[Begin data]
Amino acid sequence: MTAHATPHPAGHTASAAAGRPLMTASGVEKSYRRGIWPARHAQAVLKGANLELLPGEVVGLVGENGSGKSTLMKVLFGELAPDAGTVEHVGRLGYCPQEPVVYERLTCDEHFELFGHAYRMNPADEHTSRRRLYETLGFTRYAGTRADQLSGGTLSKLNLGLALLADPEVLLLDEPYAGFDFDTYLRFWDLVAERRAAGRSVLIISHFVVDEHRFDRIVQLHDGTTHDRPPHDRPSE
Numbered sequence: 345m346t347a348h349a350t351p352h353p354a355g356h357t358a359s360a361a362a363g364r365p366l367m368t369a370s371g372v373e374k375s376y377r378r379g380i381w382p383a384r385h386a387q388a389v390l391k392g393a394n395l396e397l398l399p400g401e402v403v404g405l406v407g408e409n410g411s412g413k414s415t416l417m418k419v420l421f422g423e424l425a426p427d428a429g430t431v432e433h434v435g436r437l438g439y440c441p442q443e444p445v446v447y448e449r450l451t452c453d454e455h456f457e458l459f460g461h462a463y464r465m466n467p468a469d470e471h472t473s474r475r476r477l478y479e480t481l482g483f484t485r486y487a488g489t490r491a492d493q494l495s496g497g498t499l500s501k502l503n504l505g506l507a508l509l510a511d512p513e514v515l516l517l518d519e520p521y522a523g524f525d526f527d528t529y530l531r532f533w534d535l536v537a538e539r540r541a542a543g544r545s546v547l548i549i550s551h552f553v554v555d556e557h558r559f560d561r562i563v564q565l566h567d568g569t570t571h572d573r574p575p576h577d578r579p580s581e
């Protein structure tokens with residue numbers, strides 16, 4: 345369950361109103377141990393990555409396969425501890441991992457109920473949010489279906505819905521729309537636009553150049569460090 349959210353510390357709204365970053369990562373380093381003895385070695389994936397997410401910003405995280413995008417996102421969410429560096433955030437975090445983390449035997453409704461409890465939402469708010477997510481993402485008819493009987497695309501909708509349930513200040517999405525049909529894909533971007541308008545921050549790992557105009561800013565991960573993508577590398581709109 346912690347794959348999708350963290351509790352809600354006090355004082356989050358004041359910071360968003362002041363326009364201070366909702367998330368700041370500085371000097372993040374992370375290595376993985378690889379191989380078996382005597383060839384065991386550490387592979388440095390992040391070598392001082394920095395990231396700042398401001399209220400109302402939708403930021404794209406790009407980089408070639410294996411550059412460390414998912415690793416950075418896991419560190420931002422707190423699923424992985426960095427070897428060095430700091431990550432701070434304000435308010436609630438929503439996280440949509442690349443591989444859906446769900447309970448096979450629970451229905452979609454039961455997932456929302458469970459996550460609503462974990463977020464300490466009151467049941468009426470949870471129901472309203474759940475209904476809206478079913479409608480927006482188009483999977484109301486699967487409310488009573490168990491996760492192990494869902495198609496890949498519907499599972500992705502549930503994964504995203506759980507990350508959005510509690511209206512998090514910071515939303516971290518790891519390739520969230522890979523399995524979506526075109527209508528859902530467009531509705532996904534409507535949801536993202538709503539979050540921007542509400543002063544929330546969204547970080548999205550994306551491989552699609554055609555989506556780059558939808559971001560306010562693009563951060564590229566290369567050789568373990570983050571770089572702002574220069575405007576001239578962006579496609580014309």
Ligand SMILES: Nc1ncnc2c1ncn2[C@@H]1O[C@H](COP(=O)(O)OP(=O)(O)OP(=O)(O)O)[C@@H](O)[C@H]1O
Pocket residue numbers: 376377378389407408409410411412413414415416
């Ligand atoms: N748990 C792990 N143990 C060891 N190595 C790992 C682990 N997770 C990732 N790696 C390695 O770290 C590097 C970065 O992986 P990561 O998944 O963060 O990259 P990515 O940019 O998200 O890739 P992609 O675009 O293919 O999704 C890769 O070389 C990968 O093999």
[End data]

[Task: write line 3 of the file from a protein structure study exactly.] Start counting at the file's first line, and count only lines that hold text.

């Protein structure tokens with residue numbers, strides 16, 4: 345369950361109103377141990393990555409396969425501890441991992457109920473949010489279906505819905521729309537636009553150049569460090 349959210353510390357709204365970053369990562373380093381003895385070695389994936397997410401910003405995280413995008417996102421969410429560096433955030437975090445983390449035997453409704461409890465939402469708010477997510481993402485008819493009987497695309501909708509349930513200040517999405525049909529894909533971007541308008545921050549790992557105009561800013565991960573993508577590398581709109 346912690347794959348999708350963290351509790352809600354006090355004082356989050358004041359910071360968003362002041363326009364201070366909702367998330368700041370500085371000097372993040374992370375290595376993985378690889379191989380078996382005597383060839384065991386550490387592979388440095390992040391070598392001082394920095395990231396700042398401001399209220400109302402939708403930021404794209406790009407980089408070639410294996411550059412460390414998912415690793416950075418896991419560190420931002422707190423699923424992985426960095427070897428060095430700091431990550432701070434304000435308010436609630438929503439996280440949509442690349443591989444859906446769900447309970448096979450629970451229905452979609454039961455997932456929302458469970459996550460609503462974990463977020464300490466009151467049941468009426470949870471129901472309203474759940475209904476809206478079913479409608480927006482188009483999977484109301486699967487409310488009573490168990491996760492192990494869902495198609496890949498519907499599972500992705502549930503994964504995203506759980507990350508959005510509690511209206512998090514910071515939303516971290518790891519390739520969230522890979523399995524979506526075109527209508528859902530467009531509705532996904534409507535949801536993202538709503539979050540921007542509400543002063544929330546969204547970080548999205550994306551491989552699609554055609555989506556780059558939808559971001560306010562693009563951060564590229566290369567050789568373990570983050571770089572702002574220069575405007576001239578962006579496609580014309």